Medical Problems Account For Half Of Personal Bankruptcies

October 2005 - Nearly half of the personal bankruptcies in the US are caused by medical problems. This was the major finding in a recently published study by Dr. Himmelstein and his colleagues at Harvard University. The research group used questionnaires administered during bankruptcy proceedings, along with follow-up interviews, to examine the role that medical problems play in bankruptcy. They published their report, which received national media attention, in February, 2005, in the on-line version of the journal Health Affairs.

In 2001, nearly one and a half million American families declared bankruptcy. Bankruptcy is an official filing with the courts whereby someone seeks protection from their creditors. Most people file bankruptcy under what is known as Chapter 7, resulting in the liquidation of their personal assets in exchange for relief from their debts. Alternately, some seek protection under Chapter 13, which allows for the creation of a repayment schedule over a period of years. Either way, bankruptcy results in a stain on people's financial records which can be hard to overcome. Subsequent loans can be expensive and difficult to secure, and today, many employers run credit checks on potential employees, which would reveal a prior bankruptcy.

Given the obvious financial burdens associated with medical conditions, Himmelstein and his group decided to collect data from a representative sample of families going through the bankruptcy process. They received permission from the courts to have the bankruptcy trustee administer a questionnaire to people to collect information on demographics, employment, housing, reason for bankruptcy, medical debts, loss of income due to illness, and health insurance coverage. Using this questionnaire, the team collected data from 1,771 families. In addition, these families were offered $50 to participate in a follow-up phone interview, of which 931 agreed to do so. The phone interviews collected more information on the families' financial and medical situations and allowed them to offer a narrative of their story.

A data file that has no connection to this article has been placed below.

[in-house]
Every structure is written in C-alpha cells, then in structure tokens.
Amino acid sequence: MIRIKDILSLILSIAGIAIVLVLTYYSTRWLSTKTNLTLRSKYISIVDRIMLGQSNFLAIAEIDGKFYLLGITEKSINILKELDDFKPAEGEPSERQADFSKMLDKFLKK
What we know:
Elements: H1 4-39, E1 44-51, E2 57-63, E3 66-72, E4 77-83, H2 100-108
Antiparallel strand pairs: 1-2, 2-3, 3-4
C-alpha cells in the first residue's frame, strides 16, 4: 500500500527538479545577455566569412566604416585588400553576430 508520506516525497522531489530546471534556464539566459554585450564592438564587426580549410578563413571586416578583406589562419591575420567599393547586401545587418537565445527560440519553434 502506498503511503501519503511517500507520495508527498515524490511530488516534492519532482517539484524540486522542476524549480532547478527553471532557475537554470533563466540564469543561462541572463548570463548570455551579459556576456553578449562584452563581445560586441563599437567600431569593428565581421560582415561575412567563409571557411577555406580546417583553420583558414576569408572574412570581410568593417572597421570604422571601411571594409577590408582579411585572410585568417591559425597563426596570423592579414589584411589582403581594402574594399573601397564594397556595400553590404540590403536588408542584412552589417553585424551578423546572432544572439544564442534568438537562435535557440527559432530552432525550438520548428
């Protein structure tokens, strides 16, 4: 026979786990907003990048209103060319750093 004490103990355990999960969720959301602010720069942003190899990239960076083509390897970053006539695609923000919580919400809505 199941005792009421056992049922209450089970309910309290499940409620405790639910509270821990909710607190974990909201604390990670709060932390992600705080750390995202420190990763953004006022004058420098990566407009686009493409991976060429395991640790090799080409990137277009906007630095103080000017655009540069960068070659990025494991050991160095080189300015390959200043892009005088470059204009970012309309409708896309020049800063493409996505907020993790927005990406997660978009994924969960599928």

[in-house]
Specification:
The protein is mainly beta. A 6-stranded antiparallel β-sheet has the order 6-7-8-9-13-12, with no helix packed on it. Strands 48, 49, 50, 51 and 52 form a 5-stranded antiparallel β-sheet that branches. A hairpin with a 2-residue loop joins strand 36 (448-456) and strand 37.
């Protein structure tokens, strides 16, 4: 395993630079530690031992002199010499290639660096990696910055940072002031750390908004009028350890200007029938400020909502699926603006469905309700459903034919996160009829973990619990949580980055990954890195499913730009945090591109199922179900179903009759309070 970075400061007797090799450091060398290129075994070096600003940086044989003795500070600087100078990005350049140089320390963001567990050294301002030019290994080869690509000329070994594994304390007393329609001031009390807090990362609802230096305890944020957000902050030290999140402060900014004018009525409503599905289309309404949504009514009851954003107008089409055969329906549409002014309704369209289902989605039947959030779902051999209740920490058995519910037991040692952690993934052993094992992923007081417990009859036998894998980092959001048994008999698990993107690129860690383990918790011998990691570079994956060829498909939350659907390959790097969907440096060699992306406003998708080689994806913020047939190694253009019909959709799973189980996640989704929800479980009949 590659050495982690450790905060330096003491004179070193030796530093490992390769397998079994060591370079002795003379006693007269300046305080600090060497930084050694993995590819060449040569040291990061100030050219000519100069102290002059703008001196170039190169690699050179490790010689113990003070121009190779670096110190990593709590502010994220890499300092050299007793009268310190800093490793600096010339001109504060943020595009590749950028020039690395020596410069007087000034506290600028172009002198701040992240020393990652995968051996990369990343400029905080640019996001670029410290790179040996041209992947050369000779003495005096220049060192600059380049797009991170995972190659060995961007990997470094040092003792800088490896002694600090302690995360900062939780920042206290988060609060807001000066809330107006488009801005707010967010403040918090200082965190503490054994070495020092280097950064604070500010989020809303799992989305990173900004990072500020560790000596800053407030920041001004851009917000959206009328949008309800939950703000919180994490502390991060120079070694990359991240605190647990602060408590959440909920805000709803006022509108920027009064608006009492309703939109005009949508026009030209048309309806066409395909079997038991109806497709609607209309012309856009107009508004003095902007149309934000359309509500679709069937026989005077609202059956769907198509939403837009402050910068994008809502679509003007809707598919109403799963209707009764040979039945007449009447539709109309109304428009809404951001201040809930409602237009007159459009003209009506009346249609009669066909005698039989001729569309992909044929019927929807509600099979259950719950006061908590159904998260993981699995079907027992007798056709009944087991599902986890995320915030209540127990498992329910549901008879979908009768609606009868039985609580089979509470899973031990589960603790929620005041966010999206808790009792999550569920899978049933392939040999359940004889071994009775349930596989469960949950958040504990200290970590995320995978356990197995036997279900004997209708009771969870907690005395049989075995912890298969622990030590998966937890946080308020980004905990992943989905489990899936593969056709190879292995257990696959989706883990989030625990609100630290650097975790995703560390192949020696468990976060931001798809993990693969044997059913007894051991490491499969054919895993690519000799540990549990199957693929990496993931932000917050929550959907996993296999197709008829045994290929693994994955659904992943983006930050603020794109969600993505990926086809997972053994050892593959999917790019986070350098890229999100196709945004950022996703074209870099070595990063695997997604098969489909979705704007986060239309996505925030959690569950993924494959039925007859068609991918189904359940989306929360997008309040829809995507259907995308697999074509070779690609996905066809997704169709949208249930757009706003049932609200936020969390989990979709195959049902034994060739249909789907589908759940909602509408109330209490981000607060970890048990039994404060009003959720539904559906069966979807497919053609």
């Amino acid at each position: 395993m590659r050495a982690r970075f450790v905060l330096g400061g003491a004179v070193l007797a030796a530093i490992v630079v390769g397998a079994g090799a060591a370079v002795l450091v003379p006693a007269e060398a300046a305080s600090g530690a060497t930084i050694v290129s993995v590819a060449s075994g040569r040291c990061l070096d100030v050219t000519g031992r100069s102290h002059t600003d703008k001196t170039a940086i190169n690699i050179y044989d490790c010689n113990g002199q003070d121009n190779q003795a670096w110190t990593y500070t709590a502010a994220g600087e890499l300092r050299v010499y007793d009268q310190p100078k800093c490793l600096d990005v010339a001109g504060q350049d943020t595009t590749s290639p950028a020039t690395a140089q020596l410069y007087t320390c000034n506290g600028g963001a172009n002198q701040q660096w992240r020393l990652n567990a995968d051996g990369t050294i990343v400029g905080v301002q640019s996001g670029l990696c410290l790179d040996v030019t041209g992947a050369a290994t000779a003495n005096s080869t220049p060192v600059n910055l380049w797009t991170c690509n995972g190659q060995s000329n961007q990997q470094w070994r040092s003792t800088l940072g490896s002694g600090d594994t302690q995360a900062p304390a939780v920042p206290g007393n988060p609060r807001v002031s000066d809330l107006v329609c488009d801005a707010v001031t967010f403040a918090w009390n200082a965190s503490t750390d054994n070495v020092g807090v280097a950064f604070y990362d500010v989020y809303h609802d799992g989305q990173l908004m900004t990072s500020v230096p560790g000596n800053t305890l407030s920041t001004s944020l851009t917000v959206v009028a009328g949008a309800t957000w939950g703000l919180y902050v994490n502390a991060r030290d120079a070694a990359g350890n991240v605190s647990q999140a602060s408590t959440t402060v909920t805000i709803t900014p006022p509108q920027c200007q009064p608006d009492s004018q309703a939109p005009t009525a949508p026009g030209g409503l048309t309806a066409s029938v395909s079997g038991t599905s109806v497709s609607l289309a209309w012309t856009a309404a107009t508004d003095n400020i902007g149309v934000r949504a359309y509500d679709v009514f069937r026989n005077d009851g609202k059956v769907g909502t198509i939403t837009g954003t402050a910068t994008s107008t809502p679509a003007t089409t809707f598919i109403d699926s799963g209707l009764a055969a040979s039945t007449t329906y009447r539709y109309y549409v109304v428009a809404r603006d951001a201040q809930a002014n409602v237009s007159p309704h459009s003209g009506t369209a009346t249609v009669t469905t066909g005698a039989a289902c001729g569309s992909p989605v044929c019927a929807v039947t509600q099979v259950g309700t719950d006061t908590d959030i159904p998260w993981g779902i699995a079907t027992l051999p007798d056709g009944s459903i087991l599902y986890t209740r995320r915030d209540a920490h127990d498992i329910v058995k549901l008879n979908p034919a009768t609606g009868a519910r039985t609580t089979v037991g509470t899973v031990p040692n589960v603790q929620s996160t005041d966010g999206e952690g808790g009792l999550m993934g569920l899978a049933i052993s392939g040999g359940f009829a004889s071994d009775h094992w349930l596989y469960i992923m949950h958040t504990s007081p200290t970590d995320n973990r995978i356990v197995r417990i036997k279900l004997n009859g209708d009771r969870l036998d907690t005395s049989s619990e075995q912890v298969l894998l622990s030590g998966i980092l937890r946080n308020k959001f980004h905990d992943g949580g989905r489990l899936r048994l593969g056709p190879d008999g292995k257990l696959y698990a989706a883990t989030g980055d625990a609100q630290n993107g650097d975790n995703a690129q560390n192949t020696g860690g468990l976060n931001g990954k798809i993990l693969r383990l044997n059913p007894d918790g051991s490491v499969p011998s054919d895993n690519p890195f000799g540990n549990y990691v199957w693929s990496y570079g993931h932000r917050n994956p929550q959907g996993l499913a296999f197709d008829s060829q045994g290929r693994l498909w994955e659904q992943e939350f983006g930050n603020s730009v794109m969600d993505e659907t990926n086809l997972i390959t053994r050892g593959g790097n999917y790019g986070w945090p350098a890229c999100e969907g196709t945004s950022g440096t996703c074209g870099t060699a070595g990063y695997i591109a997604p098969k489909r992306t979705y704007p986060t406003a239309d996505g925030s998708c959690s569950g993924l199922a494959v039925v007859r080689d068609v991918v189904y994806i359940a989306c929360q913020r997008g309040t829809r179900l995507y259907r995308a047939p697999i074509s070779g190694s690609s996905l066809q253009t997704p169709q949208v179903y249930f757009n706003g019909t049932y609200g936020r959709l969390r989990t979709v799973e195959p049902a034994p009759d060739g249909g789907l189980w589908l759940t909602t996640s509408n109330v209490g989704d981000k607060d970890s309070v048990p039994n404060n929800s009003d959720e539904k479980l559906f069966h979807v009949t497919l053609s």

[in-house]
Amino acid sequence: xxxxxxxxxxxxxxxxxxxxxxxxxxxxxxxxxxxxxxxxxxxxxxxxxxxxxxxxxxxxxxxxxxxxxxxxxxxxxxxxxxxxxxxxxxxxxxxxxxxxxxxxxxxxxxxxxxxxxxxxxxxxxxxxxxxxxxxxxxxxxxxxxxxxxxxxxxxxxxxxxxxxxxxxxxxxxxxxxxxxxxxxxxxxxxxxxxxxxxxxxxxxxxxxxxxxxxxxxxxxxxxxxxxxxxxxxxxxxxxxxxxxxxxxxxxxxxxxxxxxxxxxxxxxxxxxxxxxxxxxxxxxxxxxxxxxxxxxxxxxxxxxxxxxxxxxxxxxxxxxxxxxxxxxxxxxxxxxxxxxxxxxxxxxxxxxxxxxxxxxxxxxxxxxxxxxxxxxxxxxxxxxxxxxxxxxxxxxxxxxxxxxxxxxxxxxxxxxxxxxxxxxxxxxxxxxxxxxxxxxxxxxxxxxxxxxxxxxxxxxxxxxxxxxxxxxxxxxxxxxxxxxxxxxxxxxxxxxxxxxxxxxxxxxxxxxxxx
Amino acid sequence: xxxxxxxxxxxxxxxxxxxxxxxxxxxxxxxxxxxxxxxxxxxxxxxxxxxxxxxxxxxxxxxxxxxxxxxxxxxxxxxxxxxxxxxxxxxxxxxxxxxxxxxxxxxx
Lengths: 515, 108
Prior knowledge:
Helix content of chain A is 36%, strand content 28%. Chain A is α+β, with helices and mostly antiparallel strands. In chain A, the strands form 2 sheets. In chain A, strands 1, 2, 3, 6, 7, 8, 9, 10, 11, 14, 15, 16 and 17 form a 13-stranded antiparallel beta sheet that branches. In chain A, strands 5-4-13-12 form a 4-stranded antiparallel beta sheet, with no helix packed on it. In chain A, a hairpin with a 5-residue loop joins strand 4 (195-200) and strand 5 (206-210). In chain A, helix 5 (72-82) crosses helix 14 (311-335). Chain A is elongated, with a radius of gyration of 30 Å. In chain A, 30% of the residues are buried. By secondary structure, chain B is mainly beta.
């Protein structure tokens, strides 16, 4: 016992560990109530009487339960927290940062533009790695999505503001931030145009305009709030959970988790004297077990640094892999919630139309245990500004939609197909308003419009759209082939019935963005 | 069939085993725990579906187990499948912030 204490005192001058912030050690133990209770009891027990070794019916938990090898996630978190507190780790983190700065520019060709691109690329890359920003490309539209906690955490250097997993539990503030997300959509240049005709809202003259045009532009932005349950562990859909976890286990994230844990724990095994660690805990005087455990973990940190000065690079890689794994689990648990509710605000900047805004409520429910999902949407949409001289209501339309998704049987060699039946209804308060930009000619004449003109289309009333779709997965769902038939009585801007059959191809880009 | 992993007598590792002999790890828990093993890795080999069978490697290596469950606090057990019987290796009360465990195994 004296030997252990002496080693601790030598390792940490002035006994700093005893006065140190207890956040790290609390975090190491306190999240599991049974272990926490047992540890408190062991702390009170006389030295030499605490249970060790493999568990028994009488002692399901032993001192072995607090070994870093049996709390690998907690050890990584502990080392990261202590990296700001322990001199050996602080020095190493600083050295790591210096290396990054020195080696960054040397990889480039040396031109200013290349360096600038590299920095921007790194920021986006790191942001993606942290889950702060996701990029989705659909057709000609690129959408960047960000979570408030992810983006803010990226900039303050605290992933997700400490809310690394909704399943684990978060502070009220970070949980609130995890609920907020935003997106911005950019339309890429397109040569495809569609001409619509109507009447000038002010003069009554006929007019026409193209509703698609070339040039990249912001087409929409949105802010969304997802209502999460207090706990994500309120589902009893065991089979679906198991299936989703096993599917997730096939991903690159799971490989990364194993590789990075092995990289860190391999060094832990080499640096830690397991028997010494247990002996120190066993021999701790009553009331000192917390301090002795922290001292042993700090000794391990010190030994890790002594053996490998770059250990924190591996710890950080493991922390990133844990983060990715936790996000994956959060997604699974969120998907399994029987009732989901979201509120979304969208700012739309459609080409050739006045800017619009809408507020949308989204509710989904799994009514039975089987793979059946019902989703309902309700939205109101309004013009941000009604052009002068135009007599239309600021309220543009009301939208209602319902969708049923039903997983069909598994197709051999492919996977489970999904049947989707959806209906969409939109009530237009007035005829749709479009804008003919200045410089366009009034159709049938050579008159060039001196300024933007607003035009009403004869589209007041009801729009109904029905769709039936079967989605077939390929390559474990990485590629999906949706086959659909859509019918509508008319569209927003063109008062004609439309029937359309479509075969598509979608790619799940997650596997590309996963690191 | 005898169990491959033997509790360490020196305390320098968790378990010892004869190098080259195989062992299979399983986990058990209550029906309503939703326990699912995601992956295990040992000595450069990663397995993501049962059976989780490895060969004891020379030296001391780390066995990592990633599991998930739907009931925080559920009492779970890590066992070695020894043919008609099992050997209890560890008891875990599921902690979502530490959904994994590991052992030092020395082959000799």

From the collected data, the researchers developed a definition of a Major Medical Bankruptcy as anyone who either: 1) specifically stated illness or injury as the reason for bankruptcy, 2) had unpaid medical bills of over $1,000, 3) had lost two or more weeks of income due to medical reasons, or 4) had mortgaged a home to pay medical bills.

The group found that over 28% of people cited illness/injury as the specific reason for bankruptcy (see Table 1), and when they looked at the expanded definition of Major Medical Bankruptcy, found that 46% of the bankruptcy filers fit at least one of the four criteria. This extrapolates to more than 1.8 million people a year (including dependents) being affected by medical bankruptcies.

The data also revealed that while medical bankruptcy families were not any less likely to have health insurance at the time of the bankruptcy filing, a lapse in coverage during the prior two years was a significant predicator of bankruptcy. Specifically, 38% of the Major Medical Bankruptcy group had experienced just such a lapse in coverage, compared to only 27% of the non-medical bankruptcy group.


Table 1
Specific Reasons Cited For Bankruptcy

Reason % of Bank. # of people affected in US annually
Illness/injury 28.3 1,039,880
New Birth 7.7 421,256
Death 7.6 281,309
Alcohol/drug Addiction 2.5 109,180
Gambling 1.2 39,566

Dispelling the myth that bankruptcy is an easy way out, the study also found that the bankruptcy families went through quite a few hardships during this time period (see Table 2). Many went without food and basic utilities and more than 60% of the Major Medical Bankruptcy group went without needed medical care. In addition, for many, medical debt had led to extra mortgages.

Table 2
Privations Experienced By Families Around Bankruptcy Period

Privation % of Medical Bank. % of Non-Medical Bank.
Went without food 21.8 17.0
Water, electric shut off 29.6 26.4
Lost phone 43.6 35.9
Moved due to financial reasons 17.8 14.3
Lost insurance 46.7 34.6
Went without medical visits 60.7 45.0
Failed to fill a prescription 49.6 37.6
Changed care arrangements 6.7 2.7

Unfortunately, these troubles continued for some even after the bankruptcy filing, with one-third of the families reporting problems paying bills even after the filing. In addition, many reported having already been turned down for jobs, mortgages, apartments, and loans because of their financial problems.

Medical problems led to financial problems through both direct medical costs and loss of income. On average, the Medical Bankruptcy group had incurred close to $12,000 in out-of-pocket costs. These expenses varied by illness, with cancer averaging over $35,000 in medical expenses, and neurological problems coming in at over $15,000. Adding insult to injury, over 35% of the Medical Bankruptcy families had limited employment - and lost income - due to either medical problems or having to care for someone else.

This publication has often said that being diagnosed with an illness like Chiari can impact every aspect of a person's life. This study clearly demonstrates the severe financial impact that a major medical crisis - like Chiari and syringomyelia - can have. Unfortunately, as is often the case, the answers are not as easily identified as the problem, as the people struggling to get by every day know all too well.

--Rick Labuda